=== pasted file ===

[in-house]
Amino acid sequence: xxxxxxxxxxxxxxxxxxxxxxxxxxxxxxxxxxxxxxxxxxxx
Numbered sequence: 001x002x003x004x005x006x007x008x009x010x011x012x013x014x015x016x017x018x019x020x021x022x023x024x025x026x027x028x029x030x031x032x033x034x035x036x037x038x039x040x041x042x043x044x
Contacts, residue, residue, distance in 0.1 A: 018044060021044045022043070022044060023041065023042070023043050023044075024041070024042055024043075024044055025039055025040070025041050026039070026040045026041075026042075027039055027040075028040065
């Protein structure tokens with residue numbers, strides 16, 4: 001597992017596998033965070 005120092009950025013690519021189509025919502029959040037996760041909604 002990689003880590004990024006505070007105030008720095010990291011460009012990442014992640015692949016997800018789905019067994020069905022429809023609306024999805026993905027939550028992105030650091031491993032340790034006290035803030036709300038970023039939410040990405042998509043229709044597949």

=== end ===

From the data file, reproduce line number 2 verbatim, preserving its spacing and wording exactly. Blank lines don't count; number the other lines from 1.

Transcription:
Amino acid sequence: xxxxxxxxxxxxxxxxxxxxxxxxxxxxxxxxxxxxxxxxxxxx